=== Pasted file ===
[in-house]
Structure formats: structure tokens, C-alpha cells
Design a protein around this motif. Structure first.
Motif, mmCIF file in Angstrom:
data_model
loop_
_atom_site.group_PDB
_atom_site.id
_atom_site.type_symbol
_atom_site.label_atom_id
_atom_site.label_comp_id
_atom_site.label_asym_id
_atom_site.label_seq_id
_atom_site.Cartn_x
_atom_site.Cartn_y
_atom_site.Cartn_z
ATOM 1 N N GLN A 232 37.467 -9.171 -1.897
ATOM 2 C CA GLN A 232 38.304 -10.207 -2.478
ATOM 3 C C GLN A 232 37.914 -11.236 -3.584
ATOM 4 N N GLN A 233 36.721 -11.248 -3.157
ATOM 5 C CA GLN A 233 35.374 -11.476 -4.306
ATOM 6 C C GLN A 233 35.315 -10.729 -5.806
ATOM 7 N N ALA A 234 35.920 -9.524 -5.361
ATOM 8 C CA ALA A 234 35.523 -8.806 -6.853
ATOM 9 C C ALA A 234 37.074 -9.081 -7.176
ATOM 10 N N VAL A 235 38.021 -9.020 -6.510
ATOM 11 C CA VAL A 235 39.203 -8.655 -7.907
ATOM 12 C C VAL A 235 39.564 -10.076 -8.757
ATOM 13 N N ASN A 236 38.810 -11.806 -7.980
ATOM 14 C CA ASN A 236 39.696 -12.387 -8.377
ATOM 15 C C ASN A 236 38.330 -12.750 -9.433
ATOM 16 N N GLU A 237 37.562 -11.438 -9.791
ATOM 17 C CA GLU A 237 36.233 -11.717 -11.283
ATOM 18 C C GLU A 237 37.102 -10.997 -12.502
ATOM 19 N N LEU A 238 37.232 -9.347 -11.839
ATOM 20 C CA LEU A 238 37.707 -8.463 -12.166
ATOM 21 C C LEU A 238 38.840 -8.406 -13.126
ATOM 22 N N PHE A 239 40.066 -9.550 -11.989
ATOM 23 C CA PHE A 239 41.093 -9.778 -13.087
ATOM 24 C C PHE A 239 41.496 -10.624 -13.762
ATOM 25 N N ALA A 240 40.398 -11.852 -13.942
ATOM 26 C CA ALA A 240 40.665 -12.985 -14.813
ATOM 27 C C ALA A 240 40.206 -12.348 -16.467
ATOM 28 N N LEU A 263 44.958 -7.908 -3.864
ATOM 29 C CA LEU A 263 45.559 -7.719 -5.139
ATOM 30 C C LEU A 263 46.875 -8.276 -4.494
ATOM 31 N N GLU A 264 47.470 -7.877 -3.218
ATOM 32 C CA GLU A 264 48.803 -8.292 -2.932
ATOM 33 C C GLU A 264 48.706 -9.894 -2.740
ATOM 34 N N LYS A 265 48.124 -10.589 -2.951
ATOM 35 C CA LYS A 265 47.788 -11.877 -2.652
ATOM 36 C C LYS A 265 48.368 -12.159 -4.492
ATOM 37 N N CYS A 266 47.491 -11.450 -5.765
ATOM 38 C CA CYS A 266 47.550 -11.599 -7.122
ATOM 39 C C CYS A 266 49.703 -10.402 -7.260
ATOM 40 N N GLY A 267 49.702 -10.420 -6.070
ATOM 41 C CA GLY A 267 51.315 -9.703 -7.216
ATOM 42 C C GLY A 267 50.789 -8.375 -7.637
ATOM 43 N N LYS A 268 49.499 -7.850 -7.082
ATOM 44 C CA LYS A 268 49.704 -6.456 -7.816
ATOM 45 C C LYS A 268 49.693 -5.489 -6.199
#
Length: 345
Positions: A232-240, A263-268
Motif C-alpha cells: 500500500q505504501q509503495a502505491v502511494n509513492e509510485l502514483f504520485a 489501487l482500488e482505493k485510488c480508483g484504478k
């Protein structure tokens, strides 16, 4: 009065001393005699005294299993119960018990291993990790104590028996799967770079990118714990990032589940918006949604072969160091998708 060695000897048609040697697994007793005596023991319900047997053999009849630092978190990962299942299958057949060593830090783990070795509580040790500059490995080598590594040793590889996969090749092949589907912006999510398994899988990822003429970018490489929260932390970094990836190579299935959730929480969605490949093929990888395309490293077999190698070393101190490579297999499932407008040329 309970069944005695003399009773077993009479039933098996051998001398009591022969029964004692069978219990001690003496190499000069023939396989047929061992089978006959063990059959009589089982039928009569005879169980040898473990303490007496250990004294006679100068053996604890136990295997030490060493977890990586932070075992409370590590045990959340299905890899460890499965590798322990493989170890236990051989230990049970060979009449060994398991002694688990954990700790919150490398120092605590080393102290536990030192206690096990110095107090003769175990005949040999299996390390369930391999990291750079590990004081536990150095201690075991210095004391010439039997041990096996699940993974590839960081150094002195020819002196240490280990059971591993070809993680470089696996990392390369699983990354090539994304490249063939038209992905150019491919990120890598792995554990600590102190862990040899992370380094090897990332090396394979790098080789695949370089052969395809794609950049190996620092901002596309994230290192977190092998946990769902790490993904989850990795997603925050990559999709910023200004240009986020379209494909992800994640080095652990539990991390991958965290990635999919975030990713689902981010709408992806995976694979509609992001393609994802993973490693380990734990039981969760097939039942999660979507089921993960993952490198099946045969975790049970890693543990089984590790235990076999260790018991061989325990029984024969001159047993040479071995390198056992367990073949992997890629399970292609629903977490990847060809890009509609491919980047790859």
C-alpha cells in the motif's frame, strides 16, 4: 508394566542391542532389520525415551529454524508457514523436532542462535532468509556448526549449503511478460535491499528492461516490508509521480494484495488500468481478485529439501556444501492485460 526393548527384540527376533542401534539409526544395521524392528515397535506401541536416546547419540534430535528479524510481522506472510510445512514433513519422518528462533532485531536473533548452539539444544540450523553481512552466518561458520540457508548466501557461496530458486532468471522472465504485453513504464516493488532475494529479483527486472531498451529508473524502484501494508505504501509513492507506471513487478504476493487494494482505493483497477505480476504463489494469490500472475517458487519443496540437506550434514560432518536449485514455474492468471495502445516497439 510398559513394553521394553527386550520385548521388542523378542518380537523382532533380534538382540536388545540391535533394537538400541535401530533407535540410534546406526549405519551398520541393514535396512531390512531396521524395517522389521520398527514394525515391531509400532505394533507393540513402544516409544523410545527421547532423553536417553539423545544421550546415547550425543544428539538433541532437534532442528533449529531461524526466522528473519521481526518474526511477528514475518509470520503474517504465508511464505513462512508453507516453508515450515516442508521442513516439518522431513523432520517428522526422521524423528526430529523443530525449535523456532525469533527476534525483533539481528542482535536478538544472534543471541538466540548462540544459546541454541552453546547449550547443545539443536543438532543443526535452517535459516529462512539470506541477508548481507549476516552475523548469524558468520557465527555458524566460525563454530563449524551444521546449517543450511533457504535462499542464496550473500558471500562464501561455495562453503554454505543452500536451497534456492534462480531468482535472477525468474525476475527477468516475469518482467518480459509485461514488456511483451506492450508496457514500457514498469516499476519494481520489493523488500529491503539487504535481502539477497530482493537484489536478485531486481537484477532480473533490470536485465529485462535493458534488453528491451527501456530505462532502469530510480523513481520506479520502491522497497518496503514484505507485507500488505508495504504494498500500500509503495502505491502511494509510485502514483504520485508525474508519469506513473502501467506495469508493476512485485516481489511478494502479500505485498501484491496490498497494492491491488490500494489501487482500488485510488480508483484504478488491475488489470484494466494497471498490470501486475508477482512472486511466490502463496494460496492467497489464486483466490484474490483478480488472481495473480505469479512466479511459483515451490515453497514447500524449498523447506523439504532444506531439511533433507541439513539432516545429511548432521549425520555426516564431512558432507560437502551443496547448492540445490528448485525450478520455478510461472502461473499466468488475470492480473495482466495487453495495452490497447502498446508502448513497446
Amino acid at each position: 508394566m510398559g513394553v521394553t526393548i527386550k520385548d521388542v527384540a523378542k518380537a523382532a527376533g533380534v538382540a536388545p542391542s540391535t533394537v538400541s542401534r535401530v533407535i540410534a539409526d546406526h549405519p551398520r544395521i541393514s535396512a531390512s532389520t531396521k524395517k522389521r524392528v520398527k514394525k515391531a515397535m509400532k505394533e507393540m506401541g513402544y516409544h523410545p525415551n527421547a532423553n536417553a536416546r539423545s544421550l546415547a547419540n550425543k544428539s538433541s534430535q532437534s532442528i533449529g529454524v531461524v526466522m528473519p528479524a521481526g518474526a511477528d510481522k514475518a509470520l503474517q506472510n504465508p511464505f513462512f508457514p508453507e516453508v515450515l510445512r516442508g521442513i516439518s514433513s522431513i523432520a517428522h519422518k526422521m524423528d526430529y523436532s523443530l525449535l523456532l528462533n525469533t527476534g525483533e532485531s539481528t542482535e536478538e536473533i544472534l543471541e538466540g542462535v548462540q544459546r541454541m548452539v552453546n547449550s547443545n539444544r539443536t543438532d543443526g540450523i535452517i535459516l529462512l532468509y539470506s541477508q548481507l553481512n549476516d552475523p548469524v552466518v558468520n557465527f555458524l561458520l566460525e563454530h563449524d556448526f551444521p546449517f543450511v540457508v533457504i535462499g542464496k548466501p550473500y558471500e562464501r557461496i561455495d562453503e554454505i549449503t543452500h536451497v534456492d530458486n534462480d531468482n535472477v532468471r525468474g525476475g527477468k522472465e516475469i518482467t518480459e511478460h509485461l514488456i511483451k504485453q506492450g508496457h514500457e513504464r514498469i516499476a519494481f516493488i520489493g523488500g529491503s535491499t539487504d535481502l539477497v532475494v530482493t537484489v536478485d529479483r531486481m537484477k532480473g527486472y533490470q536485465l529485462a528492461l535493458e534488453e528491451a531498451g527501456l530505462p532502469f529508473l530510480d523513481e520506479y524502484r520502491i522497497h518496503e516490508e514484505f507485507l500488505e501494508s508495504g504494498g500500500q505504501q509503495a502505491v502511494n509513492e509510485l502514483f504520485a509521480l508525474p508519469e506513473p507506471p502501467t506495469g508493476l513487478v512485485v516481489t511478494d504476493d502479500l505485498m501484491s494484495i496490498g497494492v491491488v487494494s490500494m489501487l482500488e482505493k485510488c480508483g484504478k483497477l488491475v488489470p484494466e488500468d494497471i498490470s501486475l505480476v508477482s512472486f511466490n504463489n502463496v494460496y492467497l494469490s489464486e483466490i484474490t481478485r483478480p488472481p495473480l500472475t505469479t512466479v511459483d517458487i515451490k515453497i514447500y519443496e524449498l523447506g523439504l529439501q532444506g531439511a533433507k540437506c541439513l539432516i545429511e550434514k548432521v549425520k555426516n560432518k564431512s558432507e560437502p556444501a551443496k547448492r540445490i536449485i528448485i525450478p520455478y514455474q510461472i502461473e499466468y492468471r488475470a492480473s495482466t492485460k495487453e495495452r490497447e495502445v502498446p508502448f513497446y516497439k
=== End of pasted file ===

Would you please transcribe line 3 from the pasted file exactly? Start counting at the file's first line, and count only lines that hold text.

Design a protein around this motif. Structure first.